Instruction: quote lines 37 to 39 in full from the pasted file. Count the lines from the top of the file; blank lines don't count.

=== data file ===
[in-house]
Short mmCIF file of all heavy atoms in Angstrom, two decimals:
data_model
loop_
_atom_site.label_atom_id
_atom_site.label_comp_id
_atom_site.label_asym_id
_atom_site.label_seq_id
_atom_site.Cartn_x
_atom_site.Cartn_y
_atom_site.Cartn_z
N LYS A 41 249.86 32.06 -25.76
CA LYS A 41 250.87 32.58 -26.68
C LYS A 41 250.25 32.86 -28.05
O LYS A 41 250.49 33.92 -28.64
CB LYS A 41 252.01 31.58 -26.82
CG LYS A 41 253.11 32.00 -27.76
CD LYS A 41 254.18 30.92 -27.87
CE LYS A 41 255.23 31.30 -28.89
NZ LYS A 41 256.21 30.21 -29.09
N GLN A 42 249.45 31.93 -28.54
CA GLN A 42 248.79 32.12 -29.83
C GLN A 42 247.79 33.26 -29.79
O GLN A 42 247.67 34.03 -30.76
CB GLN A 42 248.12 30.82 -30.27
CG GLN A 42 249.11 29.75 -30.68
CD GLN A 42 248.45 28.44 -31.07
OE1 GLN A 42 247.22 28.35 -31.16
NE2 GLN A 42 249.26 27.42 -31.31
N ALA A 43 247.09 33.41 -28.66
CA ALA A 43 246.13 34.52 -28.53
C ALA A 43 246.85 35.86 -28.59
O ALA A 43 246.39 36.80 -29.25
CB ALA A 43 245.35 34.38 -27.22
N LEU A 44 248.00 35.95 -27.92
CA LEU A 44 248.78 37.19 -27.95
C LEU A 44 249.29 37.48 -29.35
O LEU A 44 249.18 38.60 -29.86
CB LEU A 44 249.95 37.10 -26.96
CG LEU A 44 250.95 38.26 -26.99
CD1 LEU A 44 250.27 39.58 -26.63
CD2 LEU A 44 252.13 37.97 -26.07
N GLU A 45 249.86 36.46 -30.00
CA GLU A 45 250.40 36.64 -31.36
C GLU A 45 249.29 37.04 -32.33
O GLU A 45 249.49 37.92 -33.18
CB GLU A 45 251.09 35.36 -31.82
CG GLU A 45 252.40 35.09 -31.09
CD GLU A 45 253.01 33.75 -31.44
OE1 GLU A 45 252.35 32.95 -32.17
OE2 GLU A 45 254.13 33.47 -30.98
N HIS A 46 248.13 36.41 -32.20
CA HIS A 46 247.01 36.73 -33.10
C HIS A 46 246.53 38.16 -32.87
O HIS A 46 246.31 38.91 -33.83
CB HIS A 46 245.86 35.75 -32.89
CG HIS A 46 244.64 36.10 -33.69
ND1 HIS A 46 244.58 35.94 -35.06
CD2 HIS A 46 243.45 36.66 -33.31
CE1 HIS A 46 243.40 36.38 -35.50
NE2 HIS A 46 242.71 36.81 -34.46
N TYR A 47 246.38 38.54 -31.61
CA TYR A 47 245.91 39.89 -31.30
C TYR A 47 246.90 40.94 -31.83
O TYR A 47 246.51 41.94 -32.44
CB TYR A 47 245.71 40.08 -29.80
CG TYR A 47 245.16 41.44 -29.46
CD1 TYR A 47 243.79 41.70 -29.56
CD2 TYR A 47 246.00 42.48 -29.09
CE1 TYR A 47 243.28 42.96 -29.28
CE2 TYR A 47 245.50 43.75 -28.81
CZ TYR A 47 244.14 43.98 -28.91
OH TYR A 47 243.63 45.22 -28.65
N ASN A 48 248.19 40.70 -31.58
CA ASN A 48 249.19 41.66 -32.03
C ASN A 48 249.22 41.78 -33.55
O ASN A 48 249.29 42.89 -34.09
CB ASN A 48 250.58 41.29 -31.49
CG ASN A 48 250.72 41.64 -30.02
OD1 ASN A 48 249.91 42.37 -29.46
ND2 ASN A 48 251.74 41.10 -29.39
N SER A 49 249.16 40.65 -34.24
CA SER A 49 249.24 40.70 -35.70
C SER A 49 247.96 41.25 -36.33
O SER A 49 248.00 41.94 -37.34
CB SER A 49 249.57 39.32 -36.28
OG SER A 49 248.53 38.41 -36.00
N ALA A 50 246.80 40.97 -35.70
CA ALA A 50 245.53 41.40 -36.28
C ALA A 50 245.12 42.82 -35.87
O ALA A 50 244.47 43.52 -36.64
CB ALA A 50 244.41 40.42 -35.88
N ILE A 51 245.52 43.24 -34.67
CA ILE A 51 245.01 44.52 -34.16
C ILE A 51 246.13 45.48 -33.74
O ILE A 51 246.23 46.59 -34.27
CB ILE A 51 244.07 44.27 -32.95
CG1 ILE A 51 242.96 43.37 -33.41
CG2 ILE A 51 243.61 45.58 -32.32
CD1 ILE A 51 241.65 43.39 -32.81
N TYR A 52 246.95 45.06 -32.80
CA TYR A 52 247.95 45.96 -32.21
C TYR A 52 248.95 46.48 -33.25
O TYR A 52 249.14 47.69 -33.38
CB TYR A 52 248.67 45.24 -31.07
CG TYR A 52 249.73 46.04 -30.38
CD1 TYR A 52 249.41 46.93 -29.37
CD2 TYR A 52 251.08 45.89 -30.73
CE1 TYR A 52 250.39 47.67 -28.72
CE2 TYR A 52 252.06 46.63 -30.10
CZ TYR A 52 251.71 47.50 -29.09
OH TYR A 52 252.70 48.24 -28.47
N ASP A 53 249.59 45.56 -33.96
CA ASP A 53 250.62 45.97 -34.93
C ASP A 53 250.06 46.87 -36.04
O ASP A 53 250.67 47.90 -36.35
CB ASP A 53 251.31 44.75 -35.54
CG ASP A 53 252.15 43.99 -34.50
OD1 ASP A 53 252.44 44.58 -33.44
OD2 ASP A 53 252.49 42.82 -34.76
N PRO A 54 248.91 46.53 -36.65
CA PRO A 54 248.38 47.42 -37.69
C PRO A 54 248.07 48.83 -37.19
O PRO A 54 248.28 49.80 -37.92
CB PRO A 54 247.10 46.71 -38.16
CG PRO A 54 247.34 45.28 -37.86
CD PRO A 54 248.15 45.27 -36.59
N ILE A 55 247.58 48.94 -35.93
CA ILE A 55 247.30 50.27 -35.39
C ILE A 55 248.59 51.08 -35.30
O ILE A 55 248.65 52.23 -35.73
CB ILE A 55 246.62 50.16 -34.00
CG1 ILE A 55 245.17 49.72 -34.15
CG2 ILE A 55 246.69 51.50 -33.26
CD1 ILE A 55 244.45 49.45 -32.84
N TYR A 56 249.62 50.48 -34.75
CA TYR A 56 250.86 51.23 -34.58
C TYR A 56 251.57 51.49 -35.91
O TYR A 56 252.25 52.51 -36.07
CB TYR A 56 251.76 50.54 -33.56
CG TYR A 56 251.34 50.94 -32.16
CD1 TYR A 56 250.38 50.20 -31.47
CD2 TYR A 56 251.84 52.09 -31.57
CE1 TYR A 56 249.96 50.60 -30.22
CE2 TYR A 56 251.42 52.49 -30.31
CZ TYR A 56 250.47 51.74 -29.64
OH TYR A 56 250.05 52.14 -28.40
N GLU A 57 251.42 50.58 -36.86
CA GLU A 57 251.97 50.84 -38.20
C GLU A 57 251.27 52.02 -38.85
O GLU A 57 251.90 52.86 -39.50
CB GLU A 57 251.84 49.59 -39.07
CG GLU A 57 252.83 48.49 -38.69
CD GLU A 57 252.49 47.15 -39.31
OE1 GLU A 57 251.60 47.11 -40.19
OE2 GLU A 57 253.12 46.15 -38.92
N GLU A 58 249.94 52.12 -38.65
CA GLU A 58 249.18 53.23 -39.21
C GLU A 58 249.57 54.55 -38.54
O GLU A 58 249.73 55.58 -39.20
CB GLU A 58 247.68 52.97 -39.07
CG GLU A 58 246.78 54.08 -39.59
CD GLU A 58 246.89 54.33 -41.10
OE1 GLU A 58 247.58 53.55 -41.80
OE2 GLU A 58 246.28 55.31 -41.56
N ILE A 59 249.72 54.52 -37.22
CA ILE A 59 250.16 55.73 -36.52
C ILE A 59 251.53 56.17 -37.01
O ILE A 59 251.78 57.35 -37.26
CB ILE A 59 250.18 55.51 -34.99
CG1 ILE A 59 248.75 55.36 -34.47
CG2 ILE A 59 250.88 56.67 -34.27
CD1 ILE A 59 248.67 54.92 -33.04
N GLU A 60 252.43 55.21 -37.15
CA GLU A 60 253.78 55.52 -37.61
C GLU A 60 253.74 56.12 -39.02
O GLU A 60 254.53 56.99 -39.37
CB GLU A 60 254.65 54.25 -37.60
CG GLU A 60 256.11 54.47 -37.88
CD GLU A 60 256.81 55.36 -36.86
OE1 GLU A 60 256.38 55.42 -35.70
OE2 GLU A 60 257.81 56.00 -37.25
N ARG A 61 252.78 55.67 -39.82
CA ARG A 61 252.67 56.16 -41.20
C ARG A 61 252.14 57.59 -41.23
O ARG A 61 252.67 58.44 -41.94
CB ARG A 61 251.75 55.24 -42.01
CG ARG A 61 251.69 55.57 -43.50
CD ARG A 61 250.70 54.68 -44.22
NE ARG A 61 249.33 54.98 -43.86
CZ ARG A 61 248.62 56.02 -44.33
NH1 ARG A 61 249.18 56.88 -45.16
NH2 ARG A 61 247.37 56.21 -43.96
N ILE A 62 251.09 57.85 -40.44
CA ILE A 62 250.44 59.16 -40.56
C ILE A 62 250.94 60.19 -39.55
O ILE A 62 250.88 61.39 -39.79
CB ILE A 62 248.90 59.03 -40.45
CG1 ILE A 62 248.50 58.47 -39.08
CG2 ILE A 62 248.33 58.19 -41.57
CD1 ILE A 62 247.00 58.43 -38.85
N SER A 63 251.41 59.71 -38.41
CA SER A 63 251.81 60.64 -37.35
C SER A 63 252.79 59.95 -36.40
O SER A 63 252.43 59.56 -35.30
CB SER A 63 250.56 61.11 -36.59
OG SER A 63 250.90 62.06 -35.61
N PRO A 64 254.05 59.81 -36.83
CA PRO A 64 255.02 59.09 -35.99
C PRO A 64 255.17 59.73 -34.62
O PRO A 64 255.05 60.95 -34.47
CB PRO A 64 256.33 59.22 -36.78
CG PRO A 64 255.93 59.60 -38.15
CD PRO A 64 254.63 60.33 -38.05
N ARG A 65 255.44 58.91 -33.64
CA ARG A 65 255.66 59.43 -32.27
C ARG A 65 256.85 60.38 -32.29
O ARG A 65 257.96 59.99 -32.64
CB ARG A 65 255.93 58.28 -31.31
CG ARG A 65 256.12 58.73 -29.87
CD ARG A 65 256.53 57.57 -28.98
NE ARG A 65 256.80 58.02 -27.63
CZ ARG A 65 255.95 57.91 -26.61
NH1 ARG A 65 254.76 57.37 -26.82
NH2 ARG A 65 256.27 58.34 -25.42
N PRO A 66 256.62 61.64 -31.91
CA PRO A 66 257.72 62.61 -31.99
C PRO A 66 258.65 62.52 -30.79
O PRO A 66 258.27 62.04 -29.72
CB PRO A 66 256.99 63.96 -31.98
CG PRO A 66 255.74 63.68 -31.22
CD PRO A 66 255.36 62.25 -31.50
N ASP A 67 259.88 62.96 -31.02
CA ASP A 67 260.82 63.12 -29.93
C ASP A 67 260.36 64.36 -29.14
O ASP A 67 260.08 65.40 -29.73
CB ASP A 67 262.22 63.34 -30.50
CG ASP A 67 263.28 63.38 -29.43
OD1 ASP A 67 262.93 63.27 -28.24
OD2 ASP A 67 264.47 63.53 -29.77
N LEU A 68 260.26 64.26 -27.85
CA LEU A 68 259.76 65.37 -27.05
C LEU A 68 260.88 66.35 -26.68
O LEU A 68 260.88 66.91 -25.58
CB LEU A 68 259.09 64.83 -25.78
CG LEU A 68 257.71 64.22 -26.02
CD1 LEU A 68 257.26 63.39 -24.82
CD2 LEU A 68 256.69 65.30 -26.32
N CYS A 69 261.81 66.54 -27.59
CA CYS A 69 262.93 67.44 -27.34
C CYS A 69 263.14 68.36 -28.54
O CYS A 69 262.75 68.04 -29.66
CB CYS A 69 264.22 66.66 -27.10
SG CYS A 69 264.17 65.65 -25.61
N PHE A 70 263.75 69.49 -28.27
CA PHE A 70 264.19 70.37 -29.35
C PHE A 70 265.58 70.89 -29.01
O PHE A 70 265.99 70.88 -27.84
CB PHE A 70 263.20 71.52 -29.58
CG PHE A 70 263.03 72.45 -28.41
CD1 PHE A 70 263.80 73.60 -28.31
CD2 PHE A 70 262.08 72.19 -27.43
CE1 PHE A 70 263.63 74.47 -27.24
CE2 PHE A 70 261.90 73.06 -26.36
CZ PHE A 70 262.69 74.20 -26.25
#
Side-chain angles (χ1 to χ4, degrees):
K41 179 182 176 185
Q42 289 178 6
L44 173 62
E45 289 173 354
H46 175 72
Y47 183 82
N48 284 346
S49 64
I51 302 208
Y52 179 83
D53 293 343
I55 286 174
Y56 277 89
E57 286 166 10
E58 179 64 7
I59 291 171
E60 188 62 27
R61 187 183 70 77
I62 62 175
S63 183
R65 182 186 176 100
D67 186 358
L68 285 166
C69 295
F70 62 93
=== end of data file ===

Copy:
C LEU A 44 249.29 37.48 -29.35
O LEU A 44 249.18 38.60 -29.86
CB LEU A 44 249.95 37.10 -26.96